Given the right break, The Cyclist feels like it could resonate with a mainstream audience – was that intentional?

Absolutely. I’ve written thirteen previous novels, all of which have attracted a “cult” audience, I’d say, and some of the early ones were really rough “gonzo noir.” And I love those books!  However, I’ve always dreamed of a larger audience enjoying my books, the same way I enjoy a lot of mainstream thrillers and crime novels. So that’s a goal of mine: to learn how to write a book that can reach out and grab a very large swath of thriller readers. THE CYCLIST is another step on that journey. I mean, some writers may scoff at James Patterson or John Grisham, but they must know *something* I haven’t figured out yet in order to have so many people love to read them.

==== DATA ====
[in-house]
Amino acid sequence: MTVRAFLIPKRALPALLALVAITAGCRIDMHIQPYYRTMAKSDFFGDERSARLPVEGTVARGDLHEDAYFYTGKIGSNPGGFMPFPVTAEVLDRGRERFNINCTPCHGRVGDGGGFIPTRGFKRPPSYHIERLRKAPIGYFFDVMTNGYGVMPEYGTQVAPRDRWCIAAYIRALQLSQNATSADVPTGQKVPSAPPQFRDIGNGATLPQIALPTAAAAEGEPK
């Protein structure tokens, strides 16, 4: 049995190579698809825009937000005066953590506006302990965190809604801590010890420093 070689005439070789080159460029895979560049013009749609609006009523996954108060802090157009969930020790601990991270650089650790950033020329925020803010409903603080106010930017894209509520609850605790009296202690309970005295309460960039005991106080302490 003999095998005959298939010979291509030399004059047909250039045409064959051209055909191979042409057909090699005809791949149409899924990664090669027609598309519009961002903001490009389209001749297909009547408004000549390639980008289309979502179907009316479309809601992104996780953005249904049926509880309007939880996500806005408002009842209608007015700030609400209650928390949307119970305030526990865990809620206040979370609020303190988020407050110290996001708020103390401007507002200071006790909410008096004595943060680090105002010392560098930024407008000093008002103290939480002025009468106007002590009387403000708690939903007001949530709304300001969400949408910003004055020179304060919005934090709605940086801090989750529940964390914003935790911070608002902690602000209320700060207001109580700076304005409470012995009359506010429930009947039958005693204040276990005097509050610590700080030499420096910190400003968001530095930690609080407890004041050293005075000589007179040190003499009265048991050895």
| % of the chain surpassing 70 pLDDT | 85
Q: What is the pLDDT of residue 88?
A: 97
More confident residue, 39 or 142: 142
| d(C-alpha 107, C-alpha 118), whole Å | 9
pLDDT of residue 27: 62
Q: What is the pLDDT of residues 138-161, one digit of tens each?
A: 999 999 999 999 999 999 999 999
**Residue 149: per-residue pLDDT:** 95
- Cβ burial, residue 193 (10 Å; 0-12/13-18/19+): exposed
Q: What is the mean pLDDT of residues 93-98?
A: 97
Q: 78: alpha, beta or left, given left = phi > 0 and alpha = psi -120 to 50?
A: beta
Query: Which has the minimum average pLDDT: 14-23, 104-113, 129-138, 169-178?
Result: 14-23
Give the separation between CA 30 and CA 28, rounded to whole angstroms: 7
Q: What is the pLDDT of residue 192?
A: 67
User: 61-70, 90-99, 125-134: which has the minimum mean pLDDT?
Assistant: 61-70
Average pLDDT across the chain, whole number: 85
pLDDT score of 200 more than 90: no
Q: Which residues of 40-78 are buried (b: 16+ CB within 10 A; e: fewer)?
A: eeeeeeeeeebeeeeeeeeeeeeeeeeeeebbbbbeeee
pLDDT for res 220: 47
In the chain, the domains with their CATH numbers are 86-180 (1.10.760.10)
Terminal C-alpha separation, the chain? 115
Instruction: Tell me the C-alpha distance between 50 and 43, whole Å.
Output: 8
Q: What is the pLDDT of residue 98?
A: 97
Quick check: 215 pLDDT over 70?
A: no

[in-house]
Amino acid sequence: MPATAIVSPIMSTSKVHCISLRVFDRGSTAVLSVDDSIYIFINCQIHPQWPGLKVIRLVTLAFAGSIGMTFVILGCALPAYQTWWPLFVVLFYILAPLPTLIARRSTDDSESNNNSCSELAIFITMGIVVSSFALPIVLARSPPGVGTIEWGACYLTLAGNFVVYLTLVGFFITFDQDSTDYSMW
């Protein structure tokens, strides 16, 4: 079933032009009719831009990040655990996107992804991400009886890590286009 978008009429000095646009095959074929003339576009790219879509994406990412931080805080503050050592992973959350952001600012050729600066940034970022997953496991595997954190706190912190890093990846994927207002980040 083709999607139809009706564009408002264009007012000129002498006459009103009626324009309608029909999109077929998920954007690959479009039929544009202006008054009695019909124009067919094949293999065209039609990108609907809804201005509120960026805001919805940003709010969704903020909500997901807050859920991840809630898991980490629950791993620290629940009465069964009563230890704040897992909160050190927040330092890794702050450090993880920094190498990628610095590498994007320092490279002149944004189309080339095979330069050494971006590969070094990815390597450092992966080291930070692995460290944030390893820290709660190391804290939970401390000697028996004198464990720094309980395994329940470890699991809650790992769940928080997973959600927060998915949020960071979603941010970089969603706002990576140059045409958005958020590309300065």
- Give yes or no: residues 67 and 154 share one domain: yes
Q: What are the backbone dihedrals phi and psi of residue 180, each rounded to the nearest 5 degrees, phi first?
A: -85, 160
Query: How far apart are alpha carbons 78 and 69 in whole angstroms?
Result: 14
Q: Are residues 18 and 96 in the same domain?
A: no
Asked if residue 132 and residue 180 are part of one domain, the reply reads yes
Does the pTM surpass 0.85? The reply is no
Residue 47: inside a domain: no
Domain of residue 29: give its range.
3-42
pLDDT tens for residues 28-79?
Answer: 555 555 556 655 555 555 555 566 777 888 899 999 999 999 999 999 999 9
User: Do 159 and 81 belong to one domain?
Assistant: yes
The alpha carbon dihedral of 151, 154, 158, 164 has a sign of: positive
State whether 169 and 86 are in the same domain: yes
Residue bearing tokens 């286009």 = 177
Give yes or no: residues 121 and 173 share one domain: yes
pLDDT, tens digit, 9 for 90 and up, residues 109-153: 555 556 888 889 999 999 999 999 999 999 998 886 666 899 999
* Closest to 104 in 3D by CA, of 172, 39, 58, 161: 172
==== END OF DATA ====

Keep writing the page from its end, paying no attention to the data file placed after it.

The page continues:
Do you read mainstream crime fiction, or are your tastes firmly rooted in the independent scene?

I read all of it. I love the dangerous edge of the indies, and I love the big name bestsellers. And I definitely prefer when the writing and the plot are both working at a very high level, what some people might call “transcending the genre,” although a lot of writers I know abhor that phrase. I don’t mind it. I think it just means to transcend genre expectations, thus reinvigorating the genre we love so much.

The Cyclist drags the reader into so pretty dark places – do you think crime fiction is too safe?

Sometimes, but I also have to face the fact that everyone should be able to enjoy crime fiction at a level that’s right for them, and not all crime fiction is right for every reader. I am exasperated by those people who will shit all over a novel simply because it had “naughty language” in it, but they have no trouble with bloody murder. Or, you know, turned off by sex in a book. I *love* sex scenes in books, if they don’t go for awful poetry over getting the job done.